Case 2

We reported the second case of a 4-year-old male with a homozygous pathogenic variant in the GAMT gene (c.160G>Cp.[Ala54Pro]) found on whole-exome sequencing (WES). The patient's age at disease onset was 2 years and first presented with delayed speech, restricted language development, developmental regression, attention-deficit hyperactivity disorder (ADHD), generalized-onset seizure, and intellectual disability. His seizures were intractable to multiple ASMs. He, furthermore, underwent a vagal nerve stimulator implant. He was also labeled as Lennox–Gastaut type of epilepsy. He became unable to walk due to frequent head drops and tonic seizures. Upon clinical examination, he was not dysmorphic, and his power, tone, and reflexes were symmetric. EEGs showed slow spikes and waves and generalized paroxysmal fast activities. The patient's MRI was normal. The patient's parents are consanguineous and he has a cousin with epilepsy. After starting him on creatine and ornithine, a dramatic clinical improvement was observed. No more seizures were observed. He was weaned off his current 4 ASMs and even started to walk again independently and joined kindergarten. His interaction and speech also greatly improved.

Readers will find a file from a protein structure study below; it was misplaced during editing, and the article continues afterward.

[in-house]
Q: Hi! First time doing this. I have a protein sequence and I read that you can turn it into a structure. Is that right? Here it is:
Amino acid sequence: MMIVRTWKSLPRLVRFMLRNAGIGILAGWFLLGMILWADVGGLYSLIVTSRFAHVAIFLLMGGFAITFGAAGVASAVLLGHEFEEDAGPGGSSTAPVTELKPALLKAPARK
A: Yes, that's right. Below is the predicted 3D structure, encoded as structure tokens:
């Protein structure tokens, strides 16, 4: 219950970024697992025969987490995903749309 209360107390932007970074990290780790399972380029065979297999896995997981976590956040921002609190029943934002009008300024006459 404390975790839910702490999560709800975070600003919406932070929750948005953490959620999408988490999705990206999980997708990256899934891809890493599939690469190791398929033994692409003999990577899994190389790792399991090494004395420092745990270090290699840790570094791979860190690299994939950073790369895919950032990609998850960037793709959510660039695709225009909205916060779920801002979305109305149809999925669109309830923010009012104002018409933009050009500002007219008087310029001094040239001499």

Case 3

The third reported case was an 8-year-old female with a homozygous pathogenic variant in the GAMT gene (exon6:x. 577c>T: pQ193X) found on WES. Similar to other patients, she was noticed to have speech delay at the age of 2 years. Furthermore, intellectual delay and seizures were observed in the first 4 years. Her epilepsy was also intractable. She had a nonfocal neurological examination. Her MRI brain showed no structural etiology. Her parents are first-degree cousins. Her seizures frequency decreased from almost daily myoclonic and at times tonic seizures into occasional brief monthly seizures. She was on 3 ASMs and decreased to one ASM along with creatine and ornithine supplement.

Case 4

The fourth reported case was a patient who presented at the age of 4 years old and now he is 12 years old. The patient is homozygous in the GAMT gene for a sequence variant designated c.406C>T, which is predicted to result in an amino acid substitution (p.Thr136Met). In the clinic, the patient presented with speech delay, ADHD, and epilepsy. He had episodes of seizures despite being on 3 ASMs. He had some modest improvement in seizure frequency from a weekly basis to a monthly basis after adding creatine and ornithine.